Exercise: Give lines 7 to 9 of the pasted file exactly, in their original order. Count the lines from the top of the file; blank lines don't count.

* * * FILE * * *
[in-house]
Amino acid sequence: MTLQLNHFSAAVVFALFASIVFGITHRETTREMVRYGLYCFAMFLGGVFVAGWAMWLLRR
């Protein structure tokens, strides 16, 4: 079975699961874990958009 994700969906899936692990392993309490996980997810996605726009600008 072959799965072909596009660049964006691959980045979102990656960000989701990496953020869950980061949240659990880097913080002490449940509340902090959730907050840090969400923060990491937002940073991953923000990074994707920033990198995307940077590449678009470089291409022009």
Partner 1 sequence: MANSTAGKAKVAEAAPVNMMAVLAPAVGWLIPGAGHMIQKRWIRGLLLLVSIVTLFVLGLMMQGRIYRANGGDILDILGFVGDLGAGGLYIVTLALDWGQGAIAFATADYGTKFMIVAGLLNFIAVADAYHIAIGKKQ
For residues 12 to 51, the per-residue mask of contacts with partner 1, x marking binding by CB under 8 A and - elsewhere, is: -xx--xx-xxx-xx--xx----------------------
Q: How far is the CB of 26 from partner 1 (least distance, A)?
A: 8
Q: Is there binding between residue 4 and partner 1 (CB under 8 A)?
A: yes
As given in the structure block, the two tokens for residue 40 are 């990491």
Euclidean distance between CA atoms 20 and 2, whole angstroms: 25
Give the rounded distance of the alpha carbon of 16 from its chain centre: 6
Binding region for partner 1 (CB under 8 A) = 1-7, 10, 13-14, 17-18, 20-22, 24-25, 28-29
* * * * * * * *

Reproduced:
A: 8
Q: Is there binding between residue 4 and partner 1 (CB under 8 A)?
A: yes